This effort need involve no violation of the canons of science, and I am ready to believe the revolution can be achieved without shooting any scientists. But it does involve the removal of prejudices on both sides of the possible barricades, and it is here that the Harvard report unhappily fails us. Its suggestions about suitable courses and readings in science are obvious and acceptable enough, but its general views are for the most part vague and mistaken. It keeps talking of science as the exclusive realm of precision, and that is to confuse precision with measurement. Or else it unravels the threadbare by telling us that science is organized common sense and that “the scientist . . . ensures himself, when he can, the proper circumstances for pursuing his inquiry by ordering the conditions of the natural event himself. This is the point of scientific experiment.” Or again we are informed that the social sciences have hitherto failed to develop techniques for certainty comparable to those of science.

All of this implies that science is the model for human thought in all fields, which in turn contradicts the committee’s sensible wish for a science teaching which shall describe “the nature of the scientific enterprise” and distinguish scientific from other modes of thought. I would add here: modes equally precise and using techniques equally serviceable. For until the equality in diversity of the three branches of learning is established, the cultural and educational confusion will not cease. To harp on the precision of science and the failure of other disciplines to imitate it is not only to forget that art, history, and science can each be precise and truth-giving where the others are crude and false; it is also to throw away the whole case for a threefold General Education.

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AFTER this it may seem a small matter that the Harvard writers steadily use the word “pragmatic” in a popular and wholly erroneous sense. Yet this is possibly a clue to their fumbling about science, at the same time that it argues some disregard for one of their visible inspirers, William James. And this brings me to my last and most serious criticism: their neglect of certain historical facts to the detriment of the report’s practical usefulness.

The facts I have in mind belong to the history of American higher education during the last thirty years, but I might remark in passing that the substantial quotations found in the Harvard text are chiefly from the ancient Greeks. Except for a few ornamental phrases, one has little sense of a world of modern thought since the Renaissance, though that is clearly the culture which General Education is to lead us into, in the same way, the educational philosophy and the devices here proposed seem to come mainly out of anonymous social and economic factors, and hardly at all out of the work of American educators since the turn of the century. It is true that at the outset the committee disclaim originality and pioneering, but this is not enough to dispel the ambiguity which attaches throughout 200 pages to the words “our views,” “our position.” Nor is the case bettered when the report casually mentions certain details of plans in force elsewhere as having afforded valuable hints; for this is bound to suggest that the cultural connection has been acknowledged in full.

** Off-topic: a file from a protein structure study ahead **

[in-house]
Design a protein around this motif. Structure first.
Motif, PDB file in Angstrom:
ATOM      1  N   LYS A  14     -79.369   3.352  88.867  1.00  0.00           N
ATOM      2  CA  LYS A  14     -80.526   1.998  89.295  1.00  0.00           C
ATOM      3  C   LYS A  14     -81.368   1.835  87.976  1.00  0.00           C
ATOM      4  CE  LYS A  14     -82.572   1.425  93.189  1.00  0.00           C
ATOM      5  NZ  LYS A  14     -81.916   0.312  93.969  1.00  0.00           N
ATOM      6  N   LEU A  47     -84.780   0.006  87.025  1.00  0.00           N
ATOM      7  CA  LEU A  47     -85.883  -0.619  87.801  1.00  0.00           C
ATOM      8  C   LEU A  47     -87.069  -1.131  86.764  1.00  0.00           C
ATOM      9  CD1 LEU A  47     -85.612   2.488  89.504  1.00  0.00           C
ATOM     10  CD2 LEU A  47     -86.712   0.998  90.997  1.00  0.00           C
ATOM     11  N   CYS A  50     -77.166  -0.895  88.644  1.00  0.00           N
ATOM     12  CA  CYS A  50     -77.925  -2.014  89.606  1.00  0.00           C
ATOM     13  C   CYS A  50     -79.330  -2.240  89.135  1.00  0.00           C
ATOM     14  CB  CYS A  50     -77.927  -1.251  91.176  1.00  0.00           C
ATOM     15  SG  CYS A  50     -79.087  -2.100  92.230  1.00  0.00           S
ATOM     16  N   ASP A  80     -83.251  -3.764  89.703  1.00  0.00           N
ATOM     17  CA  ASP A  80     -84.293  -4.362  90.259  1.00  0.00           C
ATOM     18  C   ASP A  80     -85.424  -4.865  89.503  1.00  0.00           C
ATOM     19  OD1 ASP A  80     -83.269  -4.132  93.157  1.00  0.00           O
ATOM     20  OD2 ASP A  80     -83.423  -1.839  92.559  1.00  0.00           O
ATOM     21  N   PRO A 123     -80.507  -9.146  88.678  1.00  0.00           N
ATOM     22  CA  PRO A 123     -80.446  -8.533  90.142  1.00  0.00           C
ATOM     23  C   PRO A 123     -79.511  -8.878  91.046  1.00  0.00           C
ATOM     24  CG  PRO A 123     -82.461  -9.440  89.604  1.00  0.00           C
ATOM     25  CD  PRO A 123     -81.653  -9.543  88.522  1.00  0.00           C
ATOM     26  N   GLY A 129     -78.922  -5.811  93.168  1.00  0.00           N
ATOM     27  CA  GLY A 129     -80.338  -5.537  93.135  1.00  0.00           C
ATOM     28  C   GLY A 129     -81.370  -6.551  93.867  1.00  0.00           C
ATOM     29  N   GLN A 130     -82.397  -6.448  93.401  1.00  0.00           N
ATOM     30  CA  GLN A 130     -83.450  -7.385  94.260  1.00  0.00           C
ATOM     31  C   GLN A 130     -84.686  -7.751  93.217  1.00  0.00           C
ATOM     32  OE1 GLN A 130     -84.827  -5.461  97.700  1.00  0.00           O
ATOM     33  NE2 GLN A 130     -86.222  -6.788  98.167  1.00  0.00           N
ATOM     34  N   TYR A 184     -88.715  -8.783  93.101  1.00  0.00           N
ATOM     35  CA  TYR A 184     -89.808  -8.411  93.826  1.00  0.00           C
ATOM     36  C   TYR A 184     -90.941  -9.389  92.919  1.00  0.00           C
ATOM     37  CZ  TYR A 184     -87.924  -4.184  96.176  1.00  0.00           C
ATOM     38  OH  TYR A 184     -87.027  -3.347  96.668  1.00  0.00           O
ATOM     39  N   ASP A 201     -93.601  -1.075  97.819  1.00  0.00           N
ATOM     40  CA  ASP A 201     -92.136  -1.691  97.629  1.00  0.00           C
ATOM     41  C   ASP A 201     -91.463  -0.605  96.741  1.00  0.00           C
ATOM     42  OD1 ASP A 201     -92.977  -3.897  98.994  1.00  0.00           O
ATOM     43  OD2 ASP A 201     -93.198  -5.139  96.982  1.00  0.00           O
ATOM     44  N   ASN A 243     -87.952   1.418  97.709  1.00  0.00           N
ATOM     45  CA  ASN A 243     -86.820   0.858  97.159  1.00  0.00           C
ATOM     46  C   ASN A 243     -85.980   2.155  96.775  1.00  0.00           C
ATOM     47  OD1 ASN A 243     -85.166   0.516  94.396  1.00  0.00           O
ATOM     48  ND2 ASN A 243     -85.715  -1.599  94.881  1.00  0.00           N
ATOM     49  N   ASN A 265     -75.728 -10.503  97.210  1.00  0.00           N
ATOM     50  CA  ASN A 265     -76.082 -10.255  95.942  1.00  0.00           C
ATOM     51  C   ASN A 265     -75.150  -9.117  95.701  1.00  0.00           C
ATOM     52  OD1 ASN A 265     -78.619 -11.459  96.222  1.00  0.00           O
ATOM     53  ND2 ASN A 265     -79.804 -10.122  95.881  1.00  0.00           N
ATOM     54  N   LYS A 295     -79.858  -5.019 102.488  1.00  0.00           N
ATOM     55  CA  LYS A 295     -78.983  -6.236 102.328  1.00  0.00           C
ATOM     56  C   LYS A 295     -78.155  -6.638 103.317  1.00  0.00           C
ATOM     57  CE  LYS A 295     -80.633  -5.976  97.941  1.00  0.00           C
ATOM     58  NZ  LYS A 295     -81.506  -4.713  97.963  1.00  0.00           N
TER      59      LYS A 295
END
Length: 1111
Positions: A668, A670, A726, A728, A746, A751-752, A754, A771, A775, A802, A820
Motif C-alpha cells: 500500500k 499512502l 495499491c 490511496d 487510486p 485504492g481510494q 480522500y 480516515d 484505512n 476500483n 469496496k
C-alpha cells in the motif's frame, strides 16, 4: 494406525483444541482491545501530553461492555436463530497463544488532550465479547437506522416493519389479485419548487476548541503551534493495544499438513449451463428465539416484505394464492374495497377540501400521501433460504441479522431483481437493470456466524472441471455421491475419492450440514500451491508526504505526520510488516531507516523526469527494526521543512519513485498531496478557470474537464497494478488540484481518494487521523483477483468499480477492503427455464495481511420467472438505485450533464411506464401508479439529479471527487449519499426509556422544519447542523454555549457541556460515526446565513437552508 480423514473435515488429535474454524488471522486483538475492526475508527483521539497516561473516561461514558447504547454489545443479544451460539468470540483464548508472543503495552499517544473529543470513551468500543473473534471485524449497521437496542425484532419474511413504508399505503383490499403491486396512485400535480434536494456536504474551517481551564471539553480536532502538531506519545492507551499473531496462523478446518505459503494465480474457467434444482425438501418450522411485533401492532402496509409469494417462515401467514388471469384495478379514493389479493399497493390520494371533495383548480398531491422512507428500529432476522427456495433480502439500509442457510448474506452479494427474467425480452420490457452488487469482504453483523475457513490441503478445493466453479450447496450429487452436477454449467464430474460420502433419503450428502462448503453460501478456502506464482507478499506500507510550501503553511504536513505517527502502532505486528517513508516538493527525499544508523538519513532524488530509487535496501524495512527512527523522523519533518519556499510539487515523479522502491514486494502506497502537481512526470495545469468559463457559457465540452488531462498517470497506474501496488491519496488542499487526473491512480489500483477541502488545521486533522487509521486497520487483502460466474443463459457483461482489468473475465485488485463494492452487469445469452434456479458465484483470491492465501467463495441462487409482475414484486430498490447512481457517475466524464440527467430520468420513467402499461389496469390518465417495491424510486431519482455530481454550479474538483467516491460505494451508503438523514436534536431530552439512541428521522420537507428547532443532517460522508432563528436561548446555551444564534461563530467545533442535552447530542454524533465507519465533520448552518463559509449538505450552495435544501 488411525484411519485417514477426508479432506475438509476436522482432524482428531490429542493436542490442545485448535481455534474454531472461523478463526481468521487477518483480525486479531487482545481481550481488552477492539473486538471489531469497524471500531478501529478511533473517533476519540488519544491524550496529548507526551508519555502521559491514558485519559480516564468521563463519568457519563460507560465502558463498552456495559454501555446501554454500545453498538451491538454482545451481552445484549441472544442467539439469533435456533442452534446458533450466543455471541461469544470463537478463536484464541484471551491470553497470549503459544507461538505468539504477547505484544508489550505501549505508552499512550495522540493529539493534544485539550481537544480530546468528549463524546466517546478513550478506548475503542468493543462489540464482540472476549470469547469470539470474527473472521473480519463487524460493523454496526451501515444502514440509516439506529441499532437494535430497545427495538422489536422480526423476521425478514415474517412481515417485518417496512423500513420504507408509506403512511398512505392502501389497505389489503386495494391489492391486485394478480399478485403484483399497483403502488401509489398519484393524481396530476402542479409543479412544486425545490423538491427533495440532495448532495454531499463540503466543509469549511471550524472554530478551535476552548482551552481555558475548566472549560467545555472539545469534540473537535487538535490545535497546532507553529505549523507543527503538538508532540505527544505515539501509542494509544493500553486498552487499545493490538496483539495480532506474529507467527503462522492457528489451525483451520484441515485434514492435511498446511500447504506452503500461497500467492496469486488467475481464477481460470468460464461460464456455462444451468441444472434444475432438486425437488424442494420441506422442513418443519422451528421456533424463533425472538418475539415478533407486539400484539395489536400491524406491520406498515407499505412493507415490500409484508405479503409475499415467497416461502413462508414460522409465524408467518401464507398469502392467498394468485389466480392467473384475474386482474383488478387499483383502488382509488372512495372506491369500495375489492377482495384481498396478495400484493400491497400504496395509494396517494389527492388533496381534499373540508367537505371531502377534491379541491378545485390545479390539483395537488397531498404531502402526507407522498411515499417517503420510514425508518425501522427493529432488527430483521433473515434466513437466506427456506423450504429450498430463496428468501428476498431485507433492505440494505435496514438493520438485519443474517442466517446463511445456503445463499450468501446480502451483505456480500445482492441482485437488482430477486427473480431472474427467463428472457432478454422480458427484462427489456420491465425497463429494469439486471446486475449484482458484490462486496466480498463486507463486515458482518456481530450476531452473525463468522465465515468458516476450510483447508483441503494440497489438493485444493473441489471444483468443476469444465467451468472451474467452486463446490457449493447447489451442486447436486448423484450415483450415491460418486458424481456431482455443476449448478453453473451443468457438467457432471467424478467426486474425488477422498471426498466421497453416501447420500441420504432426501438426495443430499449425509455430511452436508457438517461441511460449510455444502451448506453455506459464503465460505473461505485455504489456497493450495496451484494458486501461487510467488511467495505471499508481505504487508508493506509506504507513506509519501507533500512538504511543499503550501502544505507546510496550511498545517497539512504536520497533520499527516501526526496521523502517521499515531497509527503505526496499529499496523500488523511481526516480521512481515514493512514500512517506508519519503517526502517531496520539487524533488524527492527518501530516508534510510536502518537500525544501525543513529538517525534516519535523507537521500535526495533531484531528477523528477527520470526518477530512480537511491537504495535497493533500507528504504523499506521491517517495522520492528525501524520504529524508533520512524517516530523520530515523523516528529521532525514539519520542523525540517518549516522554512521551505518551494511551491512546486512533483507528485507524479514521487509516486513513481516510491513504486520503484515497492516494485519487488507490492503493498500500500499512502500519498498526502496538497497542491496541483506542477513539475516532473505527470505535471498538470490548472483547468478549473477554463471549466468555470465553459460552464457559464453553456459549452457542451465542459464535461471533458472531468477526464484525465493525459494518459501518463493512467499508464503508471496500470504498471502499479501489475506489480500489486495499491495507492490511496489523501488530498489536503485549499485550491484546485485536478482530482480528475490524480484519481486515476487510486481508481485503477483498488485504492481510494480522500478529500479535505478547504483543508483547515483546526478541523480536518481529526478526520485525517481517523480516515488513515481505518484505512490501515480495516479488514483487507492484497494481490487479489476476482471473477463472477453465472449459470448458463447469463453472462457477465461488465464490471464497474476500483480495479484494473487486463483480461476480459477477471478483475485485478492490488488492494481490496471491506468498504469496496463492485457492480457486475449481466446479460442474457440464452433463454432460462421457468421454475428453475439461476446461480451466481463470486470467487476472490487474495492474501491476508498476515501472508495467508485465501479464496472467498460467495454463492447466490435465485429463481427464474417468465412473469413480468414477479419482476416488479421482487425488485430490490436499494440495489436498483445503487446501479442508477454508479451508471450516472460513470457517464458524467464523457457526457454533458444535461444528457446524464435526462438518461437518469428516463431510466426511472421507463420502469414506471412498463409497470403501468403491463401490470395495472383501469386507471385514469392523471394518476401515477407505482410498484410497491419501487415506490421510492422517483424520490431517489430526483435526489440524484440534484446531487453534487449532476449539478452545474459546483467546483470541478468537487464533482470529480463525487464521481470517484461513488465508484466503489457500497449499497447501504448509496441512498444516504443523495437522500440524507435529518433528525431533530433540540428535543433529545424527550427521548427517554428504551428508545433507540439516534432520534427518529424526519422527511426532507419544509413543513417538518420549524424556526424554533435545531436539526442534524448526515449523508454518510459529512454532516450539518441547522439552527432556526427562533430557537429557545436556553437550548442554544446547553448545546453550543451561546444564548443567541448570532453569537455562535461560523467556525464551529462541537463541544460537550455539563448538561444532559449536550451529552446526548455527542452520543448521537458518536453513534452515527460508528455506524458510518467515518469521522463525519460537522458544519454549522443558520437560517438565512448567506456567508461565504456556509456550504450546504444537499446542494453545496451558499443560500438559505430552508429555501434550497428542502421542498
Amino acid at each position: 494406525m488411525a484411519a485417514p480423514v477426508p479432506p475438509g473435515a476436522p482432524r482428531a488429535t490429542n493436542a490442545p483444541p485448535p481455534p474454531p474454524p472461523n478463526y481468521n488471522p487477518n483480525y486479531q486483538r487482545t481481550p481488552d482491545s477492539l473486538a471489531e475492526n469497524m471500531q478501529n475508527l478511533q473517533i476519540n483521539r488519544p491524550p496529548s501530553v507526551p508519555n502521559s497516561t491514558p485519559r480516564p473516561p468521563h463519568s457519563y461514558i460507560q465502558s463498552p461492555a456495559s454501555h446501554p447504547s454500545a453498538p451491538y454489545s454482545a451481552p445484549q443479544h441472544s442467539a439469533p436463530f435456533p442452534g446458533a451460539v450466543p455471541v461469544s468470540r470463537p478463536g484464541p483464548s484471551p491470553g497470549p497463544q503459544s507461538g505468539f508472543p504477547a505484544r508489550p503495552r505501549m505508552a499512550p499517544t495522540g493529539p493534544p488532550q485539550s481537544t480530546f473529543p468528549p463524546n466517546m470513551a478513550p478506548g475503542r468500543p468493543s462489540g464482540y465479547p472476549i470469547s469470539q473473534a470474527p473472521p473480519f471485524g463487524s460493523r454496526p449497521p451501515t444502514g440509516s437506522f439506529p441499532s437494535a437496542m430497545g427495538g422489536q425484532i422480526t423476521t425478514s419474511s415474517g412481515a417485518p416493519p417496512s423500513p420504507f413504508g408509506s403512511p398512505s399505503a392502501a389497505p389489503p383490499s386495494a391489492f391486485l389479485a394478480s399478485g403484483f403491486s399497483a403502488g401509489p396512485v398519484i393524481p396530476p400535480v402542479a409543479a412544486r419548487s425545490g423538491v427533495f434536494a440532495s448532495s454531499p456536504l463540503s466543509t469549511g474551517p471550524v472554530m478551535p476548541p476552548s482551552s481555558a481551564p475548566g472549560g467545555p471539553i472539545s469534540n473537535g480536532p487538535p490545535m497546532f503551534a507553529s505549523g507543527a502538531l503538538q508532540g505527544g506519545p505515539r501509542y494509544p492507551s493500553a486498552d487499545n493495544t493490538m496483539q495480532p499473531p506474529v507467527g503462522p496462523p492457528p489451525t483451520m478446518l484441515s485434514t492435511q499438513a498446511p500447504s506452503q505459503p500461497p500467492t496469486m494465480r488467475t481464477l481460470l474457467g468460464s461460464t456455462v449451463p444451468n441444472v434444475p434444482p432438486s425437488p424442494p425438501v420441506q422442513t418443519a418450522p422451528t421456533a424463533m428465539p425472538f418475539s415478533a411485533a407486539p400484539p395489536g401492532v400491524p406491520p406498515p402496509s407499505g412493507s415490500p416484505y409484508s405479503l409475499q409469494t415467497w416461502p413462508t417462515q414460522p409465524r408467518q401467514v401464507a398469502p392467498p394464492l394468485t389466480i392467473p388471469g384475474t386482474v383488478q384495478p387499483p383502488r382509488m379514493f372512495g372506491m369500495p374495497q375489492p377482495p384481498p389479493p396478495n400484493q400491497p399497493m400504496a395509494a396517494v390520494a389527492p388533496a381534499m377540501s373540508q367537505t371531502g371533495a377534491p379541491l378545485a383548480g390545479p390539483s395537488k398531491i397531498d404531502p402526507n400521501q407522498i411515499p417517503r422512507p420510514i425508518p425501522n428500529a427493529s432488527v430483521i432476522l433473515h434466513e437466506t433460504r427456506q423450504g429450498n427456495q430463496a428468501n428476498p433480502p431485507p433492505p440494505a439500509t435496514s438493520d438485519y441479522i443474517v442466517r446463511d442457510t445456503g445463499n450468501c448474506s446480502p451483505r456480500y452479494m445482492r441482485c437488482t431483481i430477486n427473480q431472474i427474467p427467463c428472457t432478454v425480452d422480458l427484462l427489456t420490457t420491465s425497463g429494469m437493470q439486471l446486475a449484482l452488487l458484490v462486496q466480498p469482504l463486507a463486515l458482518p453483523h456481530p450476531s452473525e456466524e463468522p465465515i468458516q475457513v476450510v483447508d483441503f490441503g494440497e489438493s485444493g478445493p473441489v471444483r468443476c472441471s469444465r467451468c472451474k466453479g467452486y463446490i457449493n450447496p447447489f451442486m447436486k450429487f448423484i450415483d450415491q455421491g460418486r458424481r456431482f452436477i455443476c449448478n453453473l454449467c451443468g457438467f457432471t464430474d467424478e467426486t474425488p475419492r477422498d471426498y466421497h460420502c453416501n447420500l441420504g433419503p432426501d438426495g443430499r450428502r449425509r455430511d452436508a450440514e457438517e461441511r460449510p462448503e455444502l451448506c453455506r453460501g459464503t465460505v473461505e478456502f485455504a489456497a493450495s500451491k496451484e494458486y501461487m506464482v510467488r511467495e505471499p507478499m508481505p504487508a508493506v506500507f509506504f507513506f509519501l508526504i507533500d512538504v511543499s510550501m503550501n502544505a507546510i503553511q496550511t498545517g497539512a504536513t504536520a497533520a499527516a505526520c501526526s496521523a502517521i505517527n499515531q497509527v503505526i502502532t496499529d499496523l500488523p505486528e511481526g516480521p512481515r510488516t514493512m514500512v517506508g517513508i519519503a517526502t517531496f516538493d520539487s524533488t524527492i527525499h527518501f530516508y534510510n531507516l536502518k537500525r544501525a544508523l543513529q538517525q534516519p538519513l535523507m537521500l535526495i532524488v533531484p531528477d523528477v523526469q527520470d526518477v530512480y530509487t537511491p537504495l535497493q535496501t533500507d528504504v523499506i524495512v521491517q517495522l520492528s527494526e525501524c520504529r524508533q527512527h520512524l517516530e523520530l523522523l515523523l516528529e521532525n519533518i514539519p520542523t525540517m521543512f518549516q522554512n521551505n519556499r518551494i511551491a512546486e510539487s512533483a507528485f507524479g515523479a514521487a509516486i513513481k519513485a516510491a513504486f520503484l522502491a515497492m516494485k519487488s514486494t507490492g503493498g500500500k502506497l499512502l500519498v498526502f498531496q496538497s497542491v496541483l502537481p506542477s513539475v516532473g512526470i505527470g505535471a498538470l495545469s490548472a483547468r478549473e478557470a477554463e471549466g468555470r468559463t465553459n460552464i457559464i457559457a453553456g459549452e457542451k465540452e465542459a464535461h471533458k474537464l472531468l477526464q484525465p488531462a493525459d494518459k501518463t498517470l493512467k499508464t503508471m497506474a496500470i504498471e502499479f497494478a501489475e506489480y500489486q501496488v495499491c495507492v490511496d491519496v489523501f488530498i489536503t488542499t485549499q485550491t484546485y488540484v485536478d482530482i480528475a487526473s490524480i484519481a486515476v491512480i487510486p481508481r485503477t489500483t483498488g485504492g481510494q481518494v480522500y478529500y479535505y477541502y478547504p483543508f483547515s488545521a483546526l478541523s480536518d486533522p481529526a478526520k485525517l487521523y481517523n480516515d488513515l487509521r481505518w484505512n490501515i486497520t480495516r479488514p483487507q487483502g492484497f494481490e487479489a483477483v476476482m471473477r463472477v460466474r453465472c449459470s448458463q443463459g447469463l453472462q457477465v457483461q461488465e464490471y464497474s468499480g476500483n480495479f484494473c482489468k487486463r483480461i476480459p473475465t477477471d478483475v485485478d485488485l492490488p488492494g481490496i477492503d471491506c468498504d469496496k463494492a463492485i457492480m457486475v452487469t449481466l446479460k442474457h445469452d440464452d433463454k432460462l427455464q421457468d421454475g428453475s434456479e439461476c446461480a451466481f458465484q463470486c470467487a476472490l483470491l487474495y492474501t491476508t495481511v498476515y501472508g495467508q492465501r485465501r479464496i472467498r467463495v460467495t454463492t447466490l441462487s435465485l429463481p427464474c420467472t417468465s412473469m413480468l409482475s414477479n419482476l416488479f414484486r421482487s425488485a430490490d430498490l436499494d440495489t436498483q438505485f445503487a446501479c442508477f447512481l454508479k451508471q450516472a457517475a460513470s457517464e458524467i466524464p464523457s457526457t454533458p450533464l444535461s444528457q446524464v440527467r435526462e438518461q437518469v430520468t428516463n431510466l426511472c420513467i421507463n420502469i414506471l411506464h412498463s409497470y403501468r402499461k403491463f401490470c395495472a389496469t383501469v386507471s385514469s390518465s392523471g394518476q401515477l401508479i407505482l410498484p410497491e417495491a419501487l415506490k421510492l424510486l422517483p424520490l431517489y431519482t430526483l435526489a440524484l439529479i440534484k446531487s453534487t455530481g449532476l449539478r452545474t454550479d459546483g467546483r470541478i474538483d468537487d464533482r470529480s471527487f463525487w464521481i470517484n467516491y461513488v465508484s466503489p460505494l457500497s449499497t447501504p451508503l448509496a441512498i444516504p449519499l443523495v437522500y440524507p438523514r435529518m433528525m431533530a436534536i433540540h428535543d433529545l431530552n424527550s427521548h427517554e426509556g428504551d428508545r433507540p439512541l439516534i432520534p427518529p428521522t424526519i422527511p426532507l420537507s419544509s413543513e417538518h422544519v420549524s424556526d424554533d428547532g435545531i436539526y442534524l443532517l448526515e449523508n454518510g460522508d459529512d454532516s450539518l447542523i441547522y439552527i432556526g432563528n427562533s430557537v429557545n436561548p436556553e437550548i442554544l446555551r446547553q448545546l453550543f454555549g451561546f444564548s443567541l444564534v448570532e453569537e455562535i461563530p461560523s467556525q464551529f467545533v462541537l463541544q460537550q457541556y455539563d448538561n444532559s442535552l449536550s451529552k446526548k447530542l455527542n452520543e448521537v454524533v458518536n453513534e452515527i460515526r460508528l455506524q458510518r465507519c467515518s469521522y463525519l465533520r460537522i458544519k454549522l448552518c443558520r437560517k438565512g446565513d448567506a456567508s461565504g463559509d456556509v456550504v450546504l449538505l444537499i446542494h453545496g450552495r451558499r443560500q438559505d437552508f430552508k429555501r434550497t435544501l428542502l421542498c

One such reference is to the “Introduction to Contemporary Civilization” given since 1918 in Columbia College, Columbia University, a course which the Harvard report terms “very successful” and comparable to its own proposed work in the social sciences. I believe that this much having been said, the writers would have found it of practical importance to go on and say that every feature of the proposed Harvard plan, comprising the three two-year introduction courses, the balance between specialization and general education, the handling of English composition, the advisory and tutorial schemes, had been in operation at Columbia College for periods ranging from seven to twenty-seven years.